Pros: There is a strange thrill in being able to 'swipe' that acquaintance you've always fancied, asking them for a date (up) or telling them you want to sleep with them (down). Cons: It pulls in every single woman who happens to be your friend on Facebook, even if they haven't joined Down yet (your cowardly come on will be waiting for them if they ever do), making it rather pointless.

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I was completely surprised by the app I liked the most.

Bumble is often described in the press as a "feminist" dating app.

Both men and women swipe, but only women can start the conversation, and they only have 24 hours from the time they match to start chatting before the connection disappears forever.

For people seeking same-sex relationships, the app doesn't exactly work the way it's intended to; either party can send the first message.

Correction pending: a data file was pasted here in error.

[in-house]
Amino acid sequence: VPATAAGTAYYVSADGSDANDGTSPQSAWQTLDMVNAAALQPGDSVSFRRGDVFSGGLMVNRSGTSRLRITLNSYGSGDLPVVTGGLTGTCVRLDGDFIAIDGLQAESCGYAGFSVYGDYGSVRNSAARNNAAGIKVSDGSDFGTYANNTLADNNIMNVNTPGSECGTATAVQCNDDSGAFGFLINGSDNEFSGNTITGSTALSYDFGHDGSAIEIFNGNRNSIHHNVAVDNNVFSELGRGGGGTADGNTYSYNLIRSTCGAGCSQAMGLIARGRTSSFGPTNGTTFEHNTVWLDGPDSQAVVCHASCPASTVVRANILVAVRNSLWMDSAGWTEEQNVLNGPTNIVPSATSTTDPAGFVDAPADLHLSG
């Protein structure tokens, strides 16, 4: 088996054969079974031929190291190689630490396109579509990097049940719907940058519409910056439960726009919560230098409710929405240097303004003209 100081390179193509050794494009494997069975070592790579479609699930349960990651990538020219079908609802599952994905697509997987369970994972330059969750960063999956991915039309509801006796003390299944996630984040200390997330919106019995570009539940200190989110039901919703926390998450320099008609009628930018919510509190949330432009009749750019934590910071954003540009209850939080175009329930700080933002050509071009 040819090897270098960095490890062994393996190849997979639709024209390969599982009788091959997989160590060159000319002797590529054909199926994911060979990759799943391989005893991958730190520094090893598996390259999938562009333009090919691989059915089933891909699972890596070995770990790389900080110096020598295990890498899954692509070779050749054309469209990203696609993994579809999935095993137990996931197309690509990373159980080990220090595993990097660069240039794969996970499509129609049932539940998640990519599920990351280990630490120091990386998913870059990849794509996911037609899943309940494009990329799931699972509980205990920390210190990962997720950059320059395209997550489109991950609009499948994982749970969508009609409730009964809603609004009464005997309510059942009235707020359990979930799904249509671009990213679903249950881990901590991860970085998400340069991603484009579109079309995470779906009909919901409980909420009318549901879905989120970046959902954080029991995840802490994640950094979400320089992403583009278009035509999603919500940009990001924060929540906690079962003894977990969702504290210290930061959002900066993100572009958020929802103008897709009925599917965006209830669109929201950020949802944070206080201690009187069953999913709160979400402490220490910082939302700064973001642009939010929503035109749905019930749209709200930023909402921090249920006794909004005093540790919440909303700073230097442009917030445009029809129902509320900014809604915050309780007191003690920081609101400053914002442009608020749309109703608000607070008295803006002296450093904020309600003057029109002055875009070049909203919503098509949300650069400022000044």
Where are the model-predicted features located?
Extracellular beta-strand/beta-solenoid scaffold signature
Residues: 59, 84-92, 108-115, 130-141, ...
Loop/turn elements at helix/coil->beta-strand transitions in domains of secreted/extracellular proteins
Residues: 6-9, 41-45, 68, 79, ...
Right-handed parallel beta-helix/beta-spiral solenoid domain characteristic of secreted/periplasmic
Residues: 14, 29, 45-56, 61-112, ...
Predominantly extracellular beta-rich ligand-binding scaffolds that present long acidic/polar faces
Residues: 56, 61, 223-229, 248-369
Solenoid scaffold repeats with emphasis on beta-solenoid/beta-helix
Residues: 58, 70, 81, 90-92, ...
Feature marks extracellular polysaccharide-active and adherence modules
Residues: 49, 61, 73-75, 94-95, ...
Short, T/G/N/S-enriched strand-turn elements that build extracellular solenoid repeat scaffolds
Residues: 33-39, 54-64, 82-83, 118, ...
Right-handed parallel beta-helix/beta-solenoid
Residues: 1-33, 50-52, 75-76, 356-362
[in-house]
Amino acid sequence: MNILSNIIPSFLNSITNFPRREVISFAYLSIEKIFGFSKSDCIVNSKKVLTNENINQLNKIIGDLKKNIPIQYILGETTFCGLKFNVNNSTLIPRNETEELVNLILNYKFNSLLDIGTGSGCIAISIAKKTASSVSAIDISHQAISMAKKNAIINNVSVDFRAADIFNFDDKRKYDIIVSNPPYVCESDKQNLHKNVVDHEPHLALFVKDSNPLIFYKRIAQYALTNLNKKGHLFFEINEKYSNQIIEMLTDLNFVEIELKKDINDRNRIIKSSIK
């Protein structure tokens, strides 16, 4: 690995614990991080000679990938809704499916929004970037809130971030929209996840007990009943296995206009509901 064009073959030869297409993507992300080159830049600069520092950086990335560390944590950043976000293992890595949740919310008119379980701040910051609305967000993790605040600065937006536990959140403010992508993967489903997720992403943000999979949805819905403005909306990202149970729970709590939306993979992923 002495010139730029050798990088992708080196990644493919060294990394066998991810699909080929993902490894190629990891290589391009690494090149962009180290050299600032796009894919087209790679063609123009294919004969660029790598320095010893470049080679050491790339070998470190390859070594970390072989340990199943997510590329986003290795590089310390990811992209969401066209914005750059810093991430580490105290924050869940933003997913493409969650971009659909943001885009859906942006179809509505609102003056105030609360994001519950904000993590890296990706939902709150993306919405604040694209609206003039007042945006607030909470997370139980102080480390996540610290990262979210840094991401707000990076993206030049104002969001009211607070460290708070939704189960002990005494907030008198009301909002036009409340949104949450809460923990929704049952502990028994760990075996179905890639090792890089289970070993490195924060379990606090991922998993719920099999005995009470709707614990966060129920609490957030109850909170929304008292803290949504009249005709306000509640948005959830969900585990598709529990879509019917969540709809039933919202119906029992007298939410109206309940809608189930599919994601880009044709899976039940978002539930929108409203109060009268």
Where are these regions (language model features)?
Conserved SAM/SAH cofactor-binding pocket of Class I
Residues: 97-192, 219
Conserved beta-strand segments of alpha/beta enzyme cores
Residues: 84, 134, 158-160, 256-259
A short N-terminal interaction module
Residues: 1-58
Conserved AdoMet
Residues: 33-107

The app lets you know when a match is about to expire, presumably so you can rush in and send that person a message before they slip through your fingers and disappear forever.

You can turn off the notifications, though, as I discovered a couple days in.

Dating apps, for their part, have tried combating this in a number of ways.

JSwipe puts a timer on how long you have to start talking to a match. Coffee Meets Bagel gives you and your match an opening question to break the ice. Bumble was co-founded by Whitney Wolfe, the ousted Tinder cofounder.

The most annoying part about dating apps is breaking the ice.